A young relative recently found true love in South America, although only after two months of climbing up and down mountains in several countries. And his fiancée is not from Peru or Argentina but from Canada.

Travelling to exotic destinations is one way of finding romance and even a spouse, but increasing numbers of people turn to the virtual world. I know at least two people who have married someone from the other side of the world as a result.

According to the lead technology writer for The Atlantic, Alexis Madrigal, an estimated 74 per cent of singles looking for a mate now turn to dating sites like eHarmony, Match.com, and OkCupid.

These sites use algorithms to pair people up based on answers to sets of questions. In pursuit of the perfect match, they continue to “mine” information about would-be lovebirds, tracking everything they do. But while the software piles up data about each person, not all of it is revealed to them.

If I understand what they are saying here, the company discovers general patterns that predict matches, and since their aim is to get matches and action (a note sent, a reply and a follow-up message) they will reveal to clients information that makes that more likely.

Madrigal particularly objects to the way this can reinforce the social status quo, telling you whom you ought to like rather than promoting individuality and real choice:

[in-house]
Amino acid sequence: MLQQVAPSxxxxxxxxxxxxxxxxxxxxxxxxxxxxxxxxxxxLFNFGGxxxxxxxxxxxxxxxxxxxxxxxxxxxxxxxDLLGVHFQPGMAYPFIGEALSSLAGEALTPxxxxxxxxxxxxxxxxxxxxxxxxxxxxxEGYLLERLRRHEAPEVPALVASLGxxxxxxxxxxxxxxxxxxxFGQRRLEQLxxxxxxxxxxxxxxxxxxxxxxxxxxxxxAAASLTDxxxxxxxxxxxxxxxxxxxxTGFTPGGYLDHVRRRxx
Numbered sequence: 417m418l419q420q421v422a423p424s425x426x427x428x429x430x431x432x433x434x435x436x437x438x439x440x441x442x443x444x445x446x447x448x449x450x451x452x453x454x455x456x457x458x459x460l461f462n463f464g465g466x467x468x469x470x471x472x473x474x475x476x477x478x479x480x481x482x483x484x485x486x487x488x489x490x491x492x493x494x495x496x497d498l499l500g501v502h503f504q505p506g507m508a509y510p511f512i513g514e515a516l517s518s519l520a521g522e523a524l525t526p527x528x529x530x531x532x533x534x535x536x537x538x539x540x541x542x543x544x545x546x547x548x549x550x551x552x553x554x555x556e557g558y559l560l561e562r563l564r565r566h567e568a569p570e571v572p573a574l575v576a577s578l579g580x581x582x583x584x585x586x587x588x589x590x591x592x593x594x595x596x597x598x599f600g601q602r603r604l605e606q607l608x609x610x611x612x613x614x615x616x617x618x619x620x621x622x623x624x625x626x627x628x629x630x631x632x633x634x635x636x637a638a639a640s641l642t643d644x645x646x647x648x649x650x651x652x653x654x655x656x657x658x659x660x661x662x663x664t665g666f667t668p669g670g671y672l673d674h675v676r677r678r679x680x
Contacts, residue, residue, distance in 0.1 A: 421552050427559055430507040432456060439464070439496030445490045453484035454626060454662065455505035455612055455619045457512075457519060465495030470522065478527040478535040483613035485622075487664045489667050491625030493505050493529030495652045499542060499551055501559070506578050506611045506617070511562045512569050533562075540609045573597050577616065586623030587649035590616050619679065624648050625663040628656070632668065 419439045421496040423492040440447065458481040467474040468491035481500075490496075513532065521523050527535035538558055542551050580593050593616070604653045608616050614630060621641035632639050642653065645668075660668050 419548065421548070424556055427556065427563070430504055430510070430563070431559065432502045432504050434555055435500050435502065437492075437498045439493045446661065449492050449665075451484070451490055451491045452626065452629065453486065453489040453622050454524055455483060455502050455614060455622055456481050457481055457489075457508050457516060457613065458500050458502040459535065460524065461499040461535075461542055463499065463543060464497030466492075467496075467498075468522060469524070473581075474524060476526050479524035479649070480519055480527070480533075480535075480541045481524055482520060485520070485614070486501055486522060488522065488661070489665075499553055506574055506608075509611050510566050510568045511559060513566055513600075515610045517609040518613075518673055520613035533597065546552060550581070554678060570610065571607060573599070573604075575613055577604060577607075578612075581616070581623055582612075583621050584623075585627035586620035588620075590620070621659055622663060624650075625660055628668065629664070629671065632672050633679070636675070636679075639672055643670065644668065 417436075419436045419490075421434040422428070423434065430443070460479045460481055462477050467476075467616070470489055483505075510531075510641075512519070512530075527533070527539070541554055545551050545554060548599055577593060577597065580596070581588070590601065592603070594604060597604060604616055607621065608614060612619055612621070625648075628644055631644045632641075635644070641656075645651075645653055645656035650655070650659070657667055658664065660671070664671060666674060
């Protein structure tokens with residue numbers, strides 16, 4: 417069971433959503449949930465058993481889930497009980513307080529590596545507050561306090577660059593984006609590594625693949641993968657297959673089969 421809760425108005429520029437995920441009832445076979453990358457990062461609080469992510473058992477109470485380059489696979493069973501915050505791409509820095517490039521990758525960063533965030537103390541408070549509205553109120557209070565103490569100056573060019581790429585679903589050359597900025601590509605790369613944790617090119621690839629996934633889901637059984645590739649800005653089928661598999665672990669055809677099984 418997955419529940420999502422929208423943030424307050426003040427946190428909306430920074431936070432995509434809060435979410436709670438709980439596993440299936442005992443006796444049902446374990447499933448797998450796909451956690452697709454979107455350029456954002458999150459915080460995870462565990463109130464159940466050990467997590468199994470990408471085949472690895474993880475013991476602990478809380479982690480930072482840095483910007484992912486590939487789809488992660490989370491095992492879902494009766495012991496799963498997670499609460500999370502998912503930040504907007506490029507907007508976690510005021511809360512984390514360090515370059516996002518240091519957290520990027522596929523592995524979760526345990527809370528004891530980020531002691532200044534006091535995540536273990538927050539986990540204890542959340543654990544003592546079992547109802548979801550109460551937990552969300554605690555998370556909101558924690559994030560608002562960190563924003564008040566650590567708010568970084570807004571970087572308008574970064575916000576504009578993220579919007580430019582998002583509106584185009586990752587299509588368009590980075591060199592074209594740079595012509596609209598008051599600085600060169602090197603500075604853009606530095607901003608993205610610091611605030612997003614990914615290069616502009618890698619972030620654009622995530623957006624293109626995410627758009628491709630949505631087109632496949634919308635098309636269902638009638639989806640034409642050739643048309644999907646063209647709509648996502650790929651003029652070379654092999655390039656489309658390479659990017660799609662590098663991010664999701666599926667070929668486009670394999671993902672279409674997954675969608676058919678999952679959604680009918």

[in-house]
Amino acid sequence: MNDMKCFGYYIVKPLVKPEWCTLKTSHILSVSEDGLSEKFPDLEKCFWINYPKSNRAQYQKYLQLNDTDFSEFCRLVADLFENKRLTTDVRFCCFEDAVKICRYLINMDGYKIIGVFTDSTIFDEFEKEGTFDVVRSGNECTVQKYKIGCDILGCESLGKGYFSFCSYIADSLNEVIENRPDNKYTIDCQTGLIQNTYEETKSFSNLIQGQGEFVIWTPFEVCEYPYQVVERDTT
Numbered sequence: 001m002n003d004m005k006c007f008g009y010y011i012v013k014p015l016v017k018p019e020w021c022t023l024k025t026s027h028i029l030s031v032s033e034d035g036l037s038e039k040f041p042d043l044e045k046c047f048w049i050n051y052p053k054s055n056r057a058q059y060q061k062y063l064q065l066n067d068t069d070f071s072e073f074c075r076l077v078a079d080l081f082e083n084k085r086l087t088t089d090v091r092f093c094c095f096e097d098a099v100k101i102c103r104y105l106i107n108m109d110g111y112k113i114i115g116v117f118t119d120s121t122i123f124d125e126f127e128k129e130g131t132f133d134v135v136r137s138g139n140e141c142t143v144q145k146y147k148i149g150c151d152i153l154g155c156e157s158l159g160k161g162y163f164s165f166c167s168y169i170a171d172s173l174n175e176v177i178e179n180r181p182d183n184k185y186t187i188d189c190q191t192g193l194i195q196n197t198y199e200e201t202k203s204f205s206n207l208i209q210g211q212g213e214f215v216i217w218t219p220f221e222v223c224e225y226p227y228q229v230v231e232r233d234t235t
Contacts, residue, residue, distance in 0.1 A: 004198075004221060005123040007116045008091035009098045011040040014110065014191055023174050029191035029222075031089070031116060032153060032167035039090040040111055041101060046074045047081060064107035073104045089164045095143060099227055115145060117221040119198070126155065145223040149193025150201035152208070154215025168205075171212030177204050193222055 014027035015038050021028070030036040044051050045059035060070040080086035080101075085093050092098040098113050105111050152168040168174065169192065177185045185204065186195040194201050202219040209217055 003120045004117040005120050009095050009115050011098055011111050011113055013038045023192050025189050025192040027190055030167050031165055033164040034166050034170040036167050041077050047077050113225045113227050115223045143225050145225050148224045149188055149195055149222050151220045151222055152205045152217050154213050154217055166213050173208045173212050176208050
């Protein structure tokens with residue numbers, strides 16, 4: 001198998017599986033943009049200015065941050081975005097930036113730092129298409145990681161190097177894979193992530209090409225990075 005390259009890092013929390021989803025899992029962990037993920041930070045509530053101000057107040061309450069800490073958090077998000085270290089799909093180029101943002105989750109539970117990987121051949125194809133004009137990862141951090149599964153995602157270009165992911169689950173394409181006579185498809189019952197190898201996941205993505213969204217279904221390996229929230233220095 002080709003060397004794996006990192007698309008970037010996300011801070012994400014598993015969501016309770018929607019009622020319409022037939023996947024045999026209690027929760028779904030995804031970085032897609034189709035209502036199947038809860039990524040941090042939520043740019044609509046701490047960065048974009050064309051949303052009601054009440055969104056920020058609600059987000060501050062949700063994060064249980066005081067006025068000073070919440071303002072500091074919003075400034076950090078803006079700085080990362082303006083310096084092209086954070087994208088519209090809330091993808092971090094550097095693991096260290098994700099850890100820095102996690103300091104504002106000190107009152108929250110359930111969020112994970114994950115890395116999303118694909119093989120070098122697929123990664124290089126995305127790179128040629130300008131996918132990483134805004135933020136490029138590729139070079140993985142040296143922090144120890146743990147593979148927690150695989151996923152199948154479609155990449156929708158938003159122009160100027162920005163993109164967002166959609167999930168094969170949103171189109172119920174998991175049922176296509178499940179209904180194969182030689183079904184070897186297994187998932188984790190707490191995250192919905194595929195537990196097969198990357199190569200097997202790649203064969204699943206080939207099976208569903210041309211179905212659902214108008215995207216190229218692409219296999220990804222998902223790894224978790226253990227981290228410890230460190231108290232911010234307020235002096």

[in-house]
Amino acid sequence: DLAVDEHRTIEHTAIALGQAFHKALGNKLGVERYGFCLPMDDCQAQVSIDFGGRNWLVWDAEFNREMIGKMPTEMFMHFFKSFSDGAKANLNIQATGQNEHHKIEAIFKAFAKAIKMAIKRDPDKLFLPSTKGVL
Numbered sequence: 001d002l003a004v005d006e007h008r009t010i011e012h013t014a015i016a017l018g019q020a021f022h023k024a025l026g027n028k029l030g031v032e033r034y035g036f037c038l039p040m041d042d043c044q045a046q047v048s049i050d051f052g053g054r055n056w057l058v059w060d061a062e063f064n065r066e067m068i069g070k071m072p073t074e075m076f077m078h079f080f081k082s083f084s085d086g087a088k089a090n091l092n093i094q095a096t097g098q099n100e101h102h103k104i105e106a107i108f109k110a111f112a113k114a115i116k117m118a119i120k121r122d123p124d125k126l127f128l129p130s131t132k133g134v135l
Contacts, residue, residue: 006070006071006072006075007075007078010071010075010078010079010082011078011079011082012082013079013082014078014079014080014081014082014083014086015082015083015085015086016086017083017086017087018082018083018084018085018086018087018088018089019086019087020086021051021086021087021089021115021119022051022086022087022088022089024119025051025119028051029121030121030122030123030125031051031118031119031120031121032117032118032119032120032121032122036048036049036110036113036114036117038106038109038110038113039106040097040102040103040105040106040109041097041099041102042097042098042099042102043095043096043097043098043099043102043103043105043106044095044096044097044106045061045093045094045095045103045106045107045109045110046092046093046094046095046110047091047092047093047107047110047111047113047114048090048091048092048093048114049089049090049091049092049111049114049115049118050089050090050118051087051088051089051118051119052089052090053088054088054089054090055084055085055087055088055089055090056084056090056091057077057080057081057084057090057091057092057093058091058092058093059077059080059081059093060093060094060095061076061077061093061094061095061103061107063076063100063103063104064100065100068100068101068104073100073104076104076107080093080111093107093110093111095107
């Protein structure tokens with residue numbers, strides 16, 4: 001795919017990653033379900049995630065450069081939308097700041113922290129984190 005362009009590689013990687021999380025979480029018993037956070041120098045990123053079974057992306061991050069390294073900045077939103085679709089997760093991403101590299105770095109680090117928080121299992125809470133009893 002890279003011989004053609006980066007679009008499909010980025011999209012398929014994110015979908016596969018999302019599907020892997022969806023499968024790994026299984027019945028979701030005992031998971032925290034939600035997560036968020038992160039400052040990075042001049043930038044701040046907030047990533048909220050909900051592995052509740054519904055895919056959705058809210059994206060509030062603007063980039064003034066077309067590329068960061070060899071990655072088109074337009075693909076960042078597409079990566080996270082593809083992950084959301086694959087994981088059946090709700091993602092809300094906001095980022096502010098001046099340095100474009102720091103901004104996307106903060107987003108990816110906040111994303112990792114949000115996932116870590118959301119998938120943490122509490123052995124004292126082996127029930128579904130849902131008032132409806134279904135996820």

Algorithms are made to restrict the amount of information the user sees—that’s their raison d’être. By drawing on data about the world we live in, they end up reinforcing whatever societal values happen to be dominant, without our even noticing. They are normativity made into code—albeit a code that we barely understand, even as it shapes our lives.

We’re not going to stop using algorithms. They’re too useful. But we need to be more aware of the algorithmic perversity that’s creeping into our lives. The short-term fit of a dating match or a Web page doesn’t measure the long-term value it may hold. Statistically likely does not mean correct, or just, or fair…

Maybe it’s worth climbing mountains not to miss out on that statistically unpredictable spouse.

Carolyn Moynihan

Carolyn Moynihan is the former deputy editor of MercatorNet